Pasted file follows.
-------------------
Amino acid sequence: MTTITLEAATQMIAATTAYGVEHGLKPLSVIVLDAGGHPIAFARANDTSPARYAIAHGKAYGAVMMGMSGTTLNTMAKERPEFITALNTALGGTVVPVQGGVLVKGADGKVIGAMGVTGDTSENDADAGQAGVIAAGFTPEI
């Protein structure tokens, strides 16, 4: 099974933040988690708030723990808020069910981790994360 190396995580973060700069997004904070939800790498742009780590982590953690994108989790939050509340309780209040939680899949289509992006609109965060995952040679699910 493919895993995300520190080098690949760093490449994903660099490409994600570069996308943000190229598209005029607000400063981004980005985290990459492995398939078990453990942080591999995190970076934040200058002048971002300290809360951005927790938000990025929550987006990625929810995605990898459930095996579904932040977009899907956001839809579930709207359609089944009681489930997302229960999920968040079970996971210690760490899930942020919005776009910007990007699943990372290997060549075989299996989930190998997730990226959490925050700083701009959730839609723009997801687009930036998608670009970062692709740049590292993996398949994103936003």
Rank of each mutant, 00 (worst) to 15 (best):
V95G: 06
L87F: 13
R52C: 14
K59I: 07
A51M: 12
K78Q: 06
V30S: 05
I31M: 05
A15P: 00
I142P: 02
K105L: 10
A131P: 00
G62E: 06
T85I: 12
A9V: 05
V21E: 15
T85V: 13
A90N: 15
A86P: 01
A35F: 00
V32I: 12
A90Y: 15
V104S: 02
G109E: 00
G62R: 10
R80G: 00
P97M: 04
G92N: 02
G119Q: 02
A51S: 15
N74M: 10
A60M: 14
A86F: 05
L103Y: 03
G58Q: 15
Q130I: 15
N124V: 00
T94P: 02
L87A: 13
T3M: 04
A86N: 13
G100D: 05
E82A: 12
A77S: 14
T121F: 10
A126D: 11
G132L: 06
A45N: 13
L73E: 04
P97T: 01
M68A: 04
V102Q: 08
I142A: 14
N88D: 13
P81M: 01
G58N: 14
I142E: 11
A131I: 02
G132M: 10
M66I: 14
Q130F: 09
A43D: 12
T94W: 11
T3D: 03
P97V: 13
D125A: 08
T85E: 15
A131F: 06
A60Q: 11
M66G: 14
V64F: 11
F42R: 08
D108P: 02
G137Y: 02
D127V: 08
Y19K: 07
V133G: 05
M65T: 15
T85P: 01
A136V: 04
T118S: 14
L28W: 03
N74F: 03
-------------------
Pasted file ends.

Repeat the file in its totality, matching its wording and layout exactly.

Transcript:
Amino acid sequence: MTTITLEAATQMIAATTAYGVEHGLKPLSVIVLDAGGHPIAFARANDTSPARYAIAHGKAYGAVMMGMSGTTLNTMAKERPEFITALNTALGGTVVPVQGGVLVKGADGKVIGAMGVTGDTSENDADAGQAGVIAAGFTPEI
């Protein structure tokens, strides 16, 4: 099974933040988690708030723990808020069910981790994360 190396995580973060700069997004904070939800790498742009780590982590953690994108989790939050509340309780209040939680899949289509992006609109965060995952040679699910 493919895993995300520190080098690949760093490449994903660099490409994600570069996308943000190229598209005029607000400063981004980005985290990459492995398939078990453990942080591999995190970076934040200058002048971002300290809360951005927790938000990025929550987006990625929810995605990898459930095996579904932040977009899907956001839809579930709207359609089944009681489930997302229960999920968040079970996971210690760490899930942020919005776009910007990007699943990372290997060549075989299996989930190998997730990226959490925050700083701009959730839609723009997801687009930036998608670009970062692709740049590292993996398949994103936003």
Rank of each mutant, 00 (worst) to 15 (best):
V95G: 06
L87F: 13
R52C: 14
K59I: 07
A51M: 12
K78Q: 06
V30S: 05
I31M: 05
A15P: 00
I142P: 02
K105L: 10
A131P: 00
G62E: 06
T85I: 12
A9V: 05
V21E: 15
T85V: 13
A90N: 15
A86P: 01
A35F: 00
V32I: 12
A90Y: 15
V104S: 02
G109E: 00
G62R: 10
R80G: 00
P97M: 04
G92N: 02
G119Q: 02
A51S: 15
N74M: 10
A60M: 14
A86F: 05
L103Y: 03
G58Q: 15
Q130I: 15
N124V: 00
T94P: 02
L87A: 13
T3M: 04
A86N: 13
G100D: 05
E82A: 12
A77S: 14
T121F: 10
A126D: 11
G132L: 06
A45N: 13
L73E: 04
P97T: 01
M68A: 04
V102Q: 08
I142A: 14
N88D: 13
P81M: 01
G58N: 14
I142E: 11
A131I: 02
G132M: 10
M66I: 14
Q130F: 09
A43D: 12
T94W: 11
T3D: 03
P97V: 13
D125A: 08
T85E: 15
A131F: 06
A60Q: 11
M66G: 14
V64F: 11
F42R: 08
D108P: 02
G137Y: 02
D127V: 08
Y19K: 07
V133G: 05
M65T: 15
T85P: 01
A136V: 04
T118S: 14
L28W: 03
N74F: 03